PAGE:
Warriors to Bureaucrats: Why Officers Start Out to be Sam Damon and End Up Courtney Massengale
ARMY WAR COLL CARLISLE BARRACKS PA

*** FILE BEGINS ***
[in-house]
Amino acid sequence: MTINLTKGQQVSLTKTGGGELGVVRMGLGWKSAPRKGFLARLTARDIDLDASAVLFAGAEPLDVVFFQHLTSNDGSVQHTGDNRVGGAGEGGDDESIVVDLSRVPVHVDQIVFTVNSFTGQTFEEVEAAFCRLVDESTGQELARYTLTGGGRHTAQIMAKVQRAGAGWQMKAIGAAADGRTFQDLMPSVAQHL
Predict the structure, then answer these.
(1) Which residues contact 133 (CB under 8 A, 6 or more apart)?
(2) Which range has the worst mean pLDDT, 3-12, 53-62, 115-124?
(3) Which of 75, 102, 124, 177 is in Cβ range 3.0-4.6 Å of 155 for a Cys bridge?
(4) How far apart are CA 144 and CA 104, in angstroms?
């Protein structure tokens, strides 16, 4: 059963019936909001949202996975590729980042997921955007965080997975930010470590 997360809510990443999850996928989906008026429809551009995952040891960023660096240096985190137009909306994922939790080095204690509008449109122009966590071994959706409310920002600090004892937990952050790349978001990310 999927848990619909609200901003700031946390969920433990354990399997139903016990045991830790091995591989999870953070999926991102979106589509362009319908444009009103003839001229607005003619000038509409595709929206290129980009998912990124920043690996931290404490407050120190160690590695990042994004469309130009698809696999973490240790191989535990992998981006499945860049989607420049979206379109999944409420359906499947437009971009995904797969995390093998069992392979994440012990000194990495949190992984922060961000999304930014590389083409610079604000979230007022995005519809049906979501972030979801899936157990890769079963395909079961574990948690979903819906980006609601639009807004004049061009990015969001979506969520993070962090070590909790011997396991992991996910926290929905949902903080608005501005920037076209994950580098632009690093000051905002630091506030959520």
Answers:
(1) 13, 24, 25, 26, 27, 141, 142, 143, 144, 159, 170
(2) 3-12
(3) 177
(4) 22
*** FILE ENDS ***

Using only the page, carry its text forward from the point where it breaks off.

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The United States, a large, powerful, industrial nation, has developed an Army of a particular nature and size and has evolved a military bureaucracy to run it. The bureaucracy affects everyone from the Commander in Chief to the rawest recruit at the company level. The bureaucracy is the frame-of- reference of the entire Army culture. An unintended effect of the bureaucracy is to stifle development of junior and mid-level leaders who would be the prospects of tomorrows top Army leaders. Todays senior leaders, who want candor from subordinates, do not get it. They want to give appropriate military advice to their own superiors in National Policy situations of the gravest import, but find the process daunting, threatening and sometimes dangerously ineffective. The novel Once an Eagle, by Anton Myrer, deals with some of these issues in the context of a dramatic story that ranges from World War I to the War in Vietnam. The novel has found a wide readership in certain military circles. This paper uses the basic themes of the novel as a metaphor to expose needed changes in the U.S. Army leadership environment. In the novel, Once an Eagle, Sam Damon, the protagonist, advances from Private to Lieutenant General. Along the way, another officer Damons nemesis, Courtney Massengale, always several ranks above Damon, confronts him. Massengale is a bureaucrat and a self-promoter, with little regard for people or their well-being. Thus, a situation builds that is all too familiar to many junior and mid-level officers today.
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